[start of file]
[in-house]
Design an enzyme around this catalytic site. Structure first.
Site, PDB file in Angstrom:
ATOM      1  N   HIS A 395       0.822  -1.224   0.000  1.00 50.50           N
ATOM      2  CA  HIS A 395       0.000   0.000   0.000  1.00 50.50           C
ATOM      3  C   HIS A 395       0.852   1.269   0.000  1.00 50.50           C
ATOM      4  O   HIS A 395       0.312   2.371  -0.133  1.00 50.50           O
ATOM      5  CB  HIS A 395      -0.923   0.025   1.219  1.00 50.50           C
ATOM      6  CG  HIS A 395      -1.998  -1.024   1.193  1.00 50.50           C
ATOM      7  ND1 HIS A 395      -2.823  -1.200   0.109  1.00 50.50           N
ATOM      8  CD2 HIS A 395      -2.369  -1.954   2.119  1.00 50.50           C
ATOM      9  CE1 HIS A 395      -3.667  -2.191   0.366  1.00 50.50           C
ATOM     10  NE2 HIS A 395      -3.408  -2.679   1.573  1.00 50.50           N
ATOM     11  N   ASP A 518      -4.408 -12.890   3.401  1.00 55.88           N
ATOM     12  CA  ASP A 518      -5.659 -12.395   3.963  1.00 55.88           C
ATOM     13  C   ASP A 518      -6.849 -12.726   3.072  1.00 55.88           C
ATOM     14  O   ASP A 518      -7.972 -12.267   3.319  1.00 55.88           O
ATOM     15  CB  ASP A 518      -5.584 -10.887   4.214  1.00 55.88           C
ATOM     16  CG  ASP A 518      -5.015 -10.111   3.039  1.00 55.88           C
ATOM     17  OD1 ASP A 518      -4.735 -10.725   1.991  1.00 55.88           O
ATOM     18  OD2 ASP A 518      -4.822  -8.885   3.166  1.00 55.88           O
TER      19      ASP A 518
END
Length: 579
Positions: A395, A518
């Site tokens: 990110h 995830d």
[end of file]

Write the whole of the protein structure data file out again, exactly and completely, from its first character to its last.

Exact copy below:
[in-house]
Design an enzyme around this catalytic site. Structure first.
Site, PDB file in Angstrom:
ATOM      1  N   HIS A 395       0.822  -1.224   0.000  1.00 50.50           N
ATOM      2  CA  HIS A 395       0.000   0.000   0.000  1.00 50.50           C
ATOM      3  C   HIS A 395       0.852   1.269   0.000  1.00 50.50           C
ATOM      4  O   HIS A 395       0.312   2.371  -0.133  1.00 50.50           O
ATOM      5  CB  HIS A 395      -0.923   0.025   1.219  1.00 50.50           C
ATOM      6  CG  HIS A 395      -1.998  -1.024   1.193  1.00 50.50           C
ATOM      7  ND1 HIS A 395      -2.823  -1.200   0.109  1.00 50.50           N
ATOM      8  CD2 HIS A 395      -2.369  -1.954   2.119  1.00 50.50           C
ATOM      9  CE1 HIS A 395      -3.667  -2.191   0.366  1.00 50.50           C
ATOM     10  NE2 HIS A 395      -3.408  -2.679   1.573  1.00 50.50           N
ATOM     11  N   ASP A 518      -4.408 -12.890   3.401  1.00 55.88           N
ATOM     12  CA  ASP A 518      -5.659 -12.395   3.963  1.00 55.88           C
ATOM     13  C   ASP A 518      -6.849 -12.726   3.072  1.00 55.88           C
ATOM     14  O   ASP A 518      -7.972 -12.267   3.319  1.00 55.88           O
ATOM     15  CB  ASP A 518      -5.584 -10.887   4.214  1.00 55.88           C
ATOM     16  CG  ASP A 518      -5.015 -10.111   3.039  1.00 55.88           C
ATOM     17  OD1 ASP A 518      -4.735 -10.725   1.991  1.00 55.88           O
ATOM     18  OD2 ASP A 518      -4.822  -8.885   3.166  1.00 55.88           O
TER      19      ASP A 518
END
Length: 579
Positions: A395, A518
């Site tokens: 990110h 995830d």